Originally created 05/28/03

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May 28, 1933

The periodical cicada, or 17-year locust, that has moved into the swamps around Augusta by the thousands in great swarms, may be only slightly damaging to trees and of little or no damage to fruit crops, according to the Richmond County farm agent.

Agent Bright McConnell made the assessment after an inspection of the swamps.


Activities and entertainment events scheduled for this week include:


PULMONARY HEALTH: Lunch with the Doctor: Breathing Easy - Strategies for Pulmonary Health will begin at 11:30 a.m. at University Hospital, Dining Rooms 1-3, 1350 Walton Way. The seminar is free for senior citizens and club members and $5 for nonmembers. Reservations are required. For more information, call 738-2580.


PENSION COMMITTEE: The Augusta Commission's Pension Committee will meet at 11 a.m. at the municipal building, Room 802, 530 Greene St. The meeting is open to public.

UNDERSTANDING SCHIZOPHRENIA: Dr. Peter Buckley, the chairman of MCG Department of Psychiatry and Health Behavior, will lead a lecture on understanding and treating schizophrenia at noon in the Small Auditorium, BC Building, the Medical College of Georgia. For more information, call Susan Khaksarfard at 721-7793.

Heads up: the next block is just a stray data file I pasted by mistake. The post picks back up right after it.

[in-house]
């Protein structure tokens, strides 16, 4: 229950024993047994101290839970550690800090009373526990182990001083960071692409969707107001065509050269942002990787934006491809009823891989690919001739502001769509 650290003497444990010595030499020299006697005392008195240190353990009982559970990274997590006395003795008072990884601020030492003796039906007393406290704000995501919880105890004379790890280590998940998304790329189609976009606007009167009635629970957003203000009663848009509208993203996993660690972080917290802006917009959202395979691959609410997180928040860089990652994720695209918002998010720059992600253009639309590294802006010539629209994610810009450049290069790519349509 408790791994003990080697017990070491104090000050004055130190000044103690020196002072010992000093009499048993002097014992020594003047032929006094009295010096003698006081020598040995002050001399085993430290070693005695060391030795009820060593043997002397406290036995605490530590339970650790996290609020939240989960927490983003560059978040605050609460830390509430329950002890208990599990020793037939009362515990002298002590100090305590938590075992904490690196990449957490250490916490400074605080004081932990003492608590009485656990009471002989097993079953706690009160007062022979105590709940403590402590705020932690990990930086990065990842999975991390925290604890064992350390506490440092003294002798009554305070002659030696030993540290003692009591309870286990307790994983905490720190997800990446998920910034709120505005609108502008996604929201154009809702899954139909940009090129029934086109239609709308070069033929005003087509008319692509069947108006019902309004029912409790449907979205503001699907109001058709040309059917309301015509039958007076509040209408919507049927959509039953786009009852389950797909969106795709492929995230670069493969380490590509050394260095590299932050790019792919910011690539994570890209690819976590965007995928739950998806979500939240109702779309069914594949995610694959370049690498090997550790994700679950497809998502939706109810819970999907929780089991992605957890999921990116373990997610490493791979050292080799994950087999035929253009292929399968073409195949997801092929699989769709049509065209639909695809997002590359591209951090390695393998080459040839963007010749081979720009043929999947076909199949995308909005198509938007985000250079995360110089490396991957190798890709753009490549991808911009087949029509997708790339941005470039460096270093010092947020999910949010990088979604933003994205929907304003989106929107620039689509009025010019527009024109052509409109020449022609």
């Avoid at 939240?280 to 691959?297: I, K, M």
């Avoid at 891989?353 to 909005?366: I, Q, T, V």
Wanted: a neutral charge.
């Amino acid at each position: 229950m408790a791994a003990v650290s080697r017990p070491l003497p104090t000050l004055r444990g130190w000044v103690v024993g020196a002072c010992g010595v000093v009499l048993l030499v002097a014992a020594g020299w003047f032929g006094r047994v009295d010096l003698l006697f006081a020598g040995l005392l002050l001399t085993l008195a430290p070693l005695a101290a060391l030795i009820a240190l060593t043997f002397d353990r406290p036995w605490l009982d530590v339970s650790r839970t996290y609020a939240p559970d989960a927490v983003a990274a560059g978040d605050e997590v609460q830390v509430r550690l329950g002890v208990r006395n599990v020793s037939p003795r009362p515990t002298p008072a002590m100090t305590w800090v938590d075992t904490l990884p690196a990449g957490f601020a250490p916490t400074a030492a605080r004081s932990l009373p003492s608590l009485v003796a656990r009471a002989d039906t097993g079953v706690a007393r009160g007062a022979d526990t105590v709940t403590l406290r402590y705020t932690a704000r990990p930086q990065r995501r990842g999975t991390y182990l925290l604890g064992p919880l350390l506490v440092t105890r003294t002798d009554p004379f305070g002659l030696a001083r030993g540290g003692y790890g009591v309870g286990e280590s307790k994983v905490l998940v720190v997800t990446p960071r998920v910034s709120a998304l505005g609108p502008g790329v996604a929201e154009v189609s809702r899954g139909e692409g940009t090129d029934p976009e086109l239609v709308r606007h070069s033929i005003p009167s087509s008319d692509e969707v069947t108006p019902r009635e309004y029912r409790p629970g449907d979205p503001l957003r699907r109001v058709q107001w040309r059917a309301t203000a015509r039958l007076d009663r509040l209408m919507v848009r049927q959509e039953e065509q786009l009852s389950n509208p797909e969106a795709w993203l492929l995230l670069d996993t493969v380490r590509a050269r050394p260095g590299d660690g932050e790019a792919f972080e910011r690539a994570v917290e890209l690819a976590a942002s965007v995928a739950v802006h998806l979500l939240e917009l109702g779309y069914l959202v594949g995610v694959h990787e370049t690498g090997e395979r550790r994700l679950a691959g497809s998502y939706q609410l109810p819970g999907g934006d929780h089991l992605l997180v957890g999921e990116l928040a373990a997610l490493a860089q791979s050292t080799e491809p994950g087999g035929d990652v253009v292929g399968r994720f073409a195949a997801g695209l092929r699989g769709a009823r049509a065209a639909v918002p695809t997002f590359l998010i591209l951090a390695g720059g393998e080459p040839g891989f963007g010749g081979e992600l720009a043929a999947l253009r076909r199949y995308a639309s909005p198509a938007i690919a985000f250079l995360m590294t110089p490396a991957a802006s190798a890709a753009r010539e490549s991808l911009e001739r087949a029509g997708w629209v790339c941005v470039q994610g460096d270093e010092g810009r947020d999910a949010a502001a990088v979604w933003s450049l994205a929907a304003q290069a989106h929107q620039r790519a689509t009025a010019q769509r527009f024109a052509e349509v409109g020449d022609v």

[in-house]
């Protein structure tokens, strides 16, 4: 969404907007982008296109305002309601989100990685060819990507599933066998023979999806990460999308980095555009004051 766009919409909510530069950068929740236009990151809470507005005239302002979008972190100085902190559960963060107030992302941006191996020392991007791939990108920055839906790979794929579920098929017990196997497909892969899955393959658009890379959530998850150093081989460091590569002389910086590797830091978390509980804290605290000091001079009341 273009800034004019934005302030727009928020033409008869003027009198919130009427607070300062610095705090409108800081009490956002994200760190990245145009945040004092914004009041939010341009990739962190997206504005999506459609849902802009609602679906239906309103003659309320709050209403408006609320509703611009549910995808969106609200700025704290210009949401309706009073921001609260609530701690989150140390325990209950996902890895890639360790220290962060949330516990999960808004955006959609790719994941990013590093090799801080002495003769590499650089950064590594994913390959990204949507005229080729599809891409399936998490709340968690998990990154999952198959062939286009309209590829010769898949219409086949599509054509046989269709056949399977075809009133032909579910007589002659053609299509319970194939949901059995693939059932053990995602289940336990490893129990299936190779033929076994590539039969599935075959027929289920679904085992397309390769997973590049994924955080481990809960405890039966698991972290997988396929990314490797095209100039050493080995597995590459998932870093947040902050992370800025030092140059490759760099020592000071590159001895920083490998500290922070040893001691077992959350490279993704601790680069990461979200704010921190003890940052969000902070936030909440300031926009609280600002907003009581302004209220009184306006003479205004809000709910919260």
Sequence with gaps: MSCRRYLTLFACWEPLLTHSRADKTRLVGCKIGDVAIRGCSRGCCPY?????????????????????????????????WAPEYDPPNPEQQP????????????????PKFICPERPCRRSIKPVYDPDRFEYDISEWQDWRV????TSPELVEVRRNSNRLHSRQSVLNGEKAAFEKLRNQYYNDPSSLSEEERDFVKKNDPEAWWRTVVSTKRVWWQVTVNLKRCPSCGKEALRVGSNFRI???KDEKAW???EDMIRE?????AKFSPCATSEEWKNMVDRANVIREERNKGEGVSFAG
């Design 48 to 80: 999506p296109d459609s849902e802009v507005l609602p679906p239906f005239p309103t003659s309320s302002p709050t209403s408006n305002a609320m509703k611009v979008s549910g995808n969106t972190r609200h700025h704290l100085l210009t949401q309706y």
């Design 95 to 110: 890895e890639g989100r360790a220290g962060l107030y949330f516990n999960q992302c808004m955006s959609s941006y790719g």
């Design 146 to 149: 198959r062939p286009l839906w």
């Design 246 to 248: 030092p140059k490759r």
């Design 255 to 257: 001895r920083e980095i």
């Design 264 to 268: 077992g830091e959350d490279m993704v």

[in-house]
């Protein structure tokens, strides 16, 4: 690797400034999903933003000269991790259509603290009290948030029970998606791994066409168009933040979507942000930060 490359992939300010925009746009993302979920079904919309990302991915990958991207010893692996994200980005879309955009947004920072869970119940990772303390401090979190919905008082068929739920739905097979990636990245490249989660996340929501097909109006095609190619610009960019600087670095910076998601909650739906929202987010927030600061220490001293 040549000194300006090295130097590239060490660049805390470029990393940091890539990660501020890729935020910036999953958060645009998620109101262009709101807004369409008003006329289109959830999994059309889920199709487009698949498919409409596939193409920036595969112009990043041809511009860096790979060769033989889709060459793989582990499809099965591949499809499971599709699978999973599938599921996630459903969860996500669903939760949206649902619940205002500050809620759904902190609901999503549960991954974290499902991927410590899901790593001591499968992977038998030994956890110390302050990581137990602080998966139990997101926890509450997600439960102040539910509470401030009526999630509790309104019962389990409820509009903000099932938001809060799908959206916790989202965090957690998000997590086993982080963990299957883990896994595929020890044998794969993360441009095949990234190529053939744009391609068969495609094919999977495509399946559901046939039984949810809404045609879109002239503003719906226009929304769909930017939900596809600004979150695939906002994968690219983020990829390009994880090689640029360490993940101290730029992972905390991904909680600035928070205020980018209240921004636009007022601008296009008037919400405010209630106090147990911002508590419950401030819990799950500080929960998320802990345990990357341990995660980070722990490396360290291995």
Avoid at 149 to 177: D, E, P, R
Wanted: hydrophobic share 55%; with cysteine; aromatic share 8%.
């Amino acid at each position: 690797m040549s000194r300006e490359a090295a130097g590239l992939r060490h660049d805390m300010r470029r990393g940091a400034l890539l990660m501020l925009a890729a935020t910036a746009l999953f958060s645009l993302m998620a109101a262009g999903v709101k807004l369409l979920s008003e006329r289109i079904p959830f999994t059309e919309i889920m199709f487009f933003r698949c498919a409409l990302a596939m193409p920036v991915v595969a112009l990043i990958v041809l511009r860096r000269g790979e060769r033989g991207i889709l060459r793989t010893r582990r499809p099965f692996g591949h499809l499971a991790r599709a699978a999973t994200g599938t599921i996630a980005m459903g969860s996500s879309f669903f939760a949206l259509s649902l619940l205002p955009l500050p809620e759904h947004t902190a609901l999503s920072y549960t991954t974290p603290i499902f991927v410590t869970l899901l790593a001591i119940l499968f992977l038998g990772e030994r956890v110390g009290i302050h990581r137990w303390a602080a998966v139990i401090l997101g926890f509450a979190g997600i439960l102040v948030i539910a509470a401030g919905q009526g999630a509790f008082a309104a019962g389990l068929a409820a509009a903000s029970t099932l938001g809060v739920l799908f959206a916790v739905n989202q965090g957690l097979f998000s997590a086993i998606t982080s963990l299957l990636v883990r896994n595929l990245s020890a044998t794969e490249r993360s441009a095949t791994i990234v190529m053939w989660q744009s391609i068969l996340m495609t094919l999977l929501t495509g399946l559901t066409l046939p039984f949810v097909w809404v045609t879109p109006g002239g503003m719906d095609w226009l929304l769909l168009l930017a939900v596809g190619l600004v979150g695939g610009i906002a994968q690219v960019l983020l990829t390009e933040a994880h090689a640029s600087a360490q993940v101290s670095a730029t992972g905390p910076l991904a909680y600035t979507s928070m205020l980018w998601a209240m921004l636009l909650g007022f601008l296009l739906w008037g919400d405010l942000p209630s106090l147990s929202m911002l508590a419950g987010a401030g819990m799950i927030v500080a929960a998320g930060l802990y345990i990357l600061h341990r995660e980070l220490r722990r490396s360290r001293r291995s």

Many baby boomers must shoulder the responsibility of caring for the homes of their elderly parents.

But more than simple upkeep is involved. Because the elderly are more at risk for accidents, boomers should consider the following questions:

  • Are steps protected by hand railings and nonskid surfaces?
  • Are area rugs backed by rubber or two-sided tape to reduce slipping?
  • Are all interior light bulbs bright enough to illuminate portions of the home?
  • Are exterior portions of the home adequately lighted? This applies to security and general lighting.
  • Have railings been installed in baths and showers?
  • Do hallway walls need railings?
  • Are cracks and gaps in paving and sidewalks filled and smoothed?
  • Is there enough attic insulation, and are all windows weatherproofed?
  • Have storm doors been added as protection from drafts?
  • Have smoke and carbon-monoxide detectors been installed? Are the batteries checked regularly? Is there a fire extinguisher near the kitchen, and do your parents know how to use it properly?
  • Are there trusted neighbors who can keep an eye on the house? Do they have your phone numbers and e-mail addresses?
  • Source: Lowe's Home Safety Council


    Children who continue to suck a thumb, finger or pacifier past age 2 increase the risk of having protruding front teeth, according to a study of almost 400 children.

    About 20 percent of those still hanging on to their habit at 4 had an overbite, reports the study in the Journal of the American Dental Association.

    The researchers plan to study next whether the condition persists in children's permanent teeth.

    Previously, experts advised that children could safely suck their thumbs or pacifiers until they entered school.


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